Six Photographers Each Have A Photo Session With The Same Man – The Results Will Definitely Surprise You!

When six photographers are tasked with taking portraits of the same man, the results are astonishing. Here’s the twist: each photographer is told a different (fake) personal history of the man. As portrait photographers, it’s their goal to portray this man, as they see him, in a single photograph. Though he comes to each photo session dressed exactly the same, carries himself the same way, and speaks with each photographer in the same manner, the photographers treat him differently and photograph him completely differently depending on the background story.

This “experiment” is a perfect illustration of how we all deal with preconceived notions about the people we encounter, and how that affects the way we view them and even the way we treat them. The experiment is titled “Decoy” and was developed as an exercise for photographers that are seeking to improve their craft. Each photographer is assigned one of six histories: millionaire, fisherman, life-saver, psychic, former prison inmate, and recovering alcoholic, and asked to capture this person’s essence in a portrait. When all of the photographers are brought back at the same time to see their portraits together, they realize immediately that each portrait is radically different. It’s as if they were all photographing a completely different person. In a way, they were.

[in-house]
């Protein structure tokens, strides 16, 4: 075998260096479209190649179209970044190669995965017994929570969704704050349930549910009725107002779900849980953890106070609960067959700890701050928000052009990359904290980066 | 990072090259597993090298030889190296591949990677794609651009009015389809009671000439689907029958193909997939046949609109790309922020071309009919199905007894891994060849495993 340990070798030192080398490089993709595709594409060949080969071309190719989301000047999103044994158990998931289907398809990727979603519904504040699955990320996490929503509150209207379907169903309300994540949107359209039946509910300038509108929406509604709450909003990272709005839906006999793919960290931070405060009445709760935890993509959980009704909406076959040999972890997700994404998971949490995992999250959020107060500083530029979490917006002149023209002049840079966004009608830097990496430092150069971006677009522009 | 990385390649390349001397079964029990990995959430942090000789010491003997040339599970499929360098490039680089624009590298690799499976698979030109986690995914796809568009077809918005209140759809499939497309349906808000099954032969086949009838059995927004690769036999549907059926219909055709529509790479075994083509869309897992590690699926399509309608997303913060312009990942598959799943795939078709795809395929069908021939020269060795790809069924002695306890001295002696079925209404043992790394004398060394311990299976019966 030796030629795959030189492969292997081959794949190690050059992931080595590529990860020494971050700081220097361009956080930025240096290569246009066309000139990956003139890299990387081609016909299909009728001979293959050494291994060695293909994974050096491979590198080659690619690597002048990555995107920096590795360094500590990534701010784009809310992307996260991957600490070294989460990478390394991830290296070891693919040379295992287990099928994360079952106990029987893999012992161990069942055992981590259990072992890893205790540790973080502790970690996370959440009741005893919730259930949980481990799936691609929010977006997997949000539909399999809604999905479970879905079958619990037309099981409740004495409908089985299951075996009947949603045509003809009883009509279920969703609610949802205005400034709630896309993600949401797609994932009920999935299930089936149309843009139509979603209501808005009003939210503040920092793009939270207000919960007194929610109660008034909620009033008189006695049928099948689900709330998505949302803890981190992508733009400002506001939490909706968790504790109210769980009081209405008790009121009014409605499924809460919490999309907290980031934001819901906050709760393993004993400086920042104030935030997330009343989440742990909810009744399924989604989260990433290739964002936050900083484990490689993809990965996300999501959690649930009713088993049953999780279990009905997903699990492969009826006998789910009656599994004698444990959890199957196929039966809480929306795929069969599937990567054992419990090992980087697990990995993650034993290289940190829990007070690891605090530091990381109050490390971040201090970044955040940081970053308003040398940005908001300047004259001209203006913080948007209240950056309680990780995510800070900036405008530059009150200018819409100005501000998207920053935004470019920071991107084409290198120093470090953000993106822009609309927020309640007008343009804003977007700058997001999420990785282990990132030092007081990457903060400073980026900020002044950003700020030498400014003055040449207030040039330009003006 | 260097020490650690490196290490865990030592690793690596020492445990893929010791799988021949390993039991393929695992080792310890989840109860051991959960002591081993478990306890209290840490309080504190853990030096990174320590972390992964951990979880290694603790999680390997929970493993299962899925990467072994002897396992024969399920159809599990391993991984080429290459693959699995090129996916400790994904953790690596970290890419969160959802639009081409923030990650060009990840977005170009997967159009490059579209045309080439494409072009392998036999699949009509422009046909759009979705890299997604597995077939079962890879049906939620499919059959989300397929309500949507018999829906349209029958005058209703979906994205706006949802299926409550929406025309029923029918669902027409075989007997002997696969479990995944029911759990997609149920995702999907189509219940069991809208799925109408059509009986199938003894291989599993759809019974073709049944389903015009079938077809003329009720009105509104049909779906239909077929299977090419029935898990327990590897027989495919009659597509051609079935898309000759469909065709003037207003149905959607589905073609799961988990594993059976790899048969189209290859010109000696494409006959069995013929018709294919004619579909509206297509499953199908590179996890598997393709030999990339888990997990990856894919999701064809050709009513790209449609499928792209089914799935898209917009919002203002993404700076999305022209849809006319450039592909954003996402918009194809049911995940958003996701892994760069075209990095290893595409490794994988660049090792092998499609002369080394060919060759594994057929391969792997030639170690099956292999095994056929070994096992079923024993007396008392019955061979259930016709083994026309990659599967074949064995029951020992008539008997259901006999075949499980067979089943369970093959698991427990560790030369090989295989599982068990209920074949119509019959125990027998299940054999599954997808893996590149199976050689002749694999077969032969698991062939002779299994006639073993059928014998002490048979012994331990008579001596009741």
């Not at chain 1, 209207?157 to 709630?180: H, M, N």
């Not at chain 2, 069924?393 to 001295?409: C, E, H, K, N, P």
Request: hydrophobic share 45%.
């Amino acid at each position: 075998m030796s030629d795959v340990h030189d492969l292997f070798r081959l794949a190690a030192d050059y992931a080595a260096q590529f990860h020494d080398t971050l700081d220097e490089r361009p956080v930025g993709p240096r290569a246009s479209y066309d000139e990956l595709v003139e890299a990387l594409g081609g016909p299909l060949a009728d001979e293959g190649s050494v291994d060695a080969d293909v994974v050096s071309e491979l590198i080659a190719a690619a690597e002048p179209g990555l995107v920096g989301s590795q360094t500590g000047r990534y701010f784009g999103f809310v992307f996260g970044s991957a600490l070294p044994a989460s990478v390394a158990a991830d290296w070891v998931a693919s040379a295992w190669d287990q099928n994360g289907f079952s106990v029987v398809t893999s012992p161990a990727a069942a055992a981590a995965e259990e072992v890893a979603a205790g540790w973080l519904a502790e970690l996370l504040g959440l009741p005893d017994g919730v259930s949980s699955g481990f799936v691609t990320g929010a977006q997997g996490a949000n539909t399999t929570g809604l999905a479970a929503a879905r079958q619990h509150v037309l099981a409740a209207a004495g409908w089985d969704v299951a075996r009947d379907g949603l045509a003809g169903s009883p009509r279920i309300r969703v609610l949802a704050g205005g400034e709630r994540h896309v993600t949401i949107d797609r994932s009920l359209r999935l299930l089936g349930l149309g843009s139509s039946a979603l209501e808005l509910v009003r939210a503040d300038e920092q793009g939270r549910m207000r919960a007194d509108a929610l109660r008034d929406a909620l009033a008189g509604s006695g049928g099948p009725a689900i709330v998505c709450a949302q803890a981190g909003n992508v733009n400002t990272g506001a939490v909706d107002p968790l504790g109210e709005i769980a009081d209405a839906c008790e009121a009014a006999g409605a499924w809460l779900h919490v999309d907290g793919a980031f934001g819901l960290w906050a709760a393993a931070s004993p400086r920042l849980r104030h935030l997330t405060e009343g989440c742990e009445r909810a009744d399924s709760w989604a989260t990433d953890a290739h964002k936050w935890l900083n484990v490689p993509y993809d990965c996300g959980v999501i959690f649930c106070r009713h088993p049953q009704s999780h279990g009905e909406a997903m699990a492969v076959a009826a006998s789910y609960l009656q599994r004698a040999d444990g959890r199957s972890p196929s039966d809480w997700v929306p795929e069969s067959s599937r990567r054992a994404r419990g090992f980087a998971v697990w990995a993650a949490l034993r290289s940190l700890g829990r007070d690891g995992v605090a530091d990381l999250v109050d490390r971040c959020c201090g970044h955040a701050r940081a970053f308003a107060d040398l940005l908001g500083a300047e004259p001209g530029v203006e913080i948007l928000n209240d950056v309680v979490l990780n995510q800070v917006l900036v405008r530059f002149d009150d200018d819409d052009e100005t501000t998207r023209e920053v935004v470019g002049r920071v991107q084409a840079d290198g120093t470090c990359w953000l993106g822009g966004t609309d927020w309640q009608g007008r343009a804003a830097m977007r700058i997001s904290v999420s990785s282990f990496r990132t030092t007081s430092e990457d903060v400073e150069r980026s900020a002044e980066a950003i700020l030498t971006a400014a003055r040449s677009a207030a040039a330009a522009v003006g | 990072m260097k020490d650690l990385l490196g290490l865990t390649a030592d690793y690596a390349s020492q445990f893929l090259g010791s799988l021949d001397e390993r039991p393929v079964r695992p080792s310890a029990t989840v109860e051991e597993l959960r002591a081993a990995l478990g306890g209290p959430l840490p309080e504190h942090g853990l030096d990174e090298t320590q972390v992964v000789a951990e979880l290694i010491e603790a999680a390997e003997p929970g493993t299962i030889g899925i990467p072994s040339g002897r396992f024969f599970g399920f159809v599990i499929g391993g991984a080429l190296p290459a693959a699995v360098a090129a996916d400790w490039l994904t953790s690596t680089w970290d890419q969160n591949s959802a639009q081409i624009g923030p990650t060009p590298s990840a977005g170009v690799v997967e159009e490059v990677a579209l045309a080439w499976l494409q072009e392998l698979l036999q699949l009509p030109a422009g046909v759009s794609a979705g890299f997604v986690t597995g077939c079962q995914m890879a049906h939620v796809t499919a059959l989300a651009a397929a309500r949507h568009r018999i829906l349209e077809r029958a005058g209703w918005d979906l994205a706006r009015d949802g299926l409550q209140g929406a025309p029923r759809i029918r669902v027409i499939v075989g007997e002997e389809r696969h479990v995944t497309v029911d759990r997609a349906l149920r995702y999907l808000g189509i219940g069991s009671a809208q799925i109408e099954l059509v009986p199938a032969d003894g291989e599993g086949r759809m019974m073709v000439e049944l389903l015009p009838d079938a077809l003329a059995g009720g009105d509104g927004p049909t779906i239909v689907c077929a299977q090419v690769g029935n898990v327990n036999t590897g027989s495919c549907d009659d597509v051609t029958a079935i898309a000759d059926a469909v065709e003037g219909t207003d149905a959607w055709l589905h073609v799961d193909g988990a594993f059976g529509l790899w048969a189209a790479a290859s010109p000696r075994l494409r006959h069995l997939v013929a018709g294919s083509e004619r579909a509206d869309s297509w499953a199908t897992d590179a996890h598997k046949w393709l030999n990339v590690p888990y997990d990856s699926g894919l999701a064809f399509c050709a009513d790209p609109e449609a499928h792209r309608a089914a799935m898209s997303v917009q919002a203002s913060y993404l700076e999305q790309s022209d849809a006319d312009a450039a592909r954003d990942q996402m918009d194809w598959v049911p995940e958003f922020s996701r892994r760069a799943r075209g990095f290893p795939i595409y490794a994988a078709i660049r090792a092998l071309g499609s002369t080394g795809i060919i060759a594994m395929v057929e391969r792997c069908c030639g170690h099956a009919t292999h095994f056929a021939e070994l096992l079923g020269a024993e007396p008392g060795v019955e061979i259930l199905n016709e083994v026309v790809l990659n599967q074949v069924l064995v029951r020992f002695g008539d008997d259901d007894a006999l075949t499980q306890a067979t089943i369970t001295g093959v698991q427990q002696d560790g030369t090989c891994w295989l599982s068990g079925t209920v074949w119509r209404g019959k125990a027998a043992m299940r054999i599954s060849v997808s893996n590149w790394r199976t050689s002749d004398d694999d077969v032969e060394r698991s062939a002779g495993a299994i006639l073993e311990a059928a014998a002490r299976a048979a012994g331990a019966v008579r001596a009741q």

Though this experiment was designed to teach photographers about perspective, it clearly reveals something important about all of us. We see and judge people based on their histories and how we perceive those histories. Though the subject presented himself to each photographer in exactly the same way, they each treated him in a different manner. Before they even met the man, the photographers had already decided his character. In reality, they knew very little about the man. Here’s the important lesson: the labels we give people do not actually determine who they are, only how we perceive them.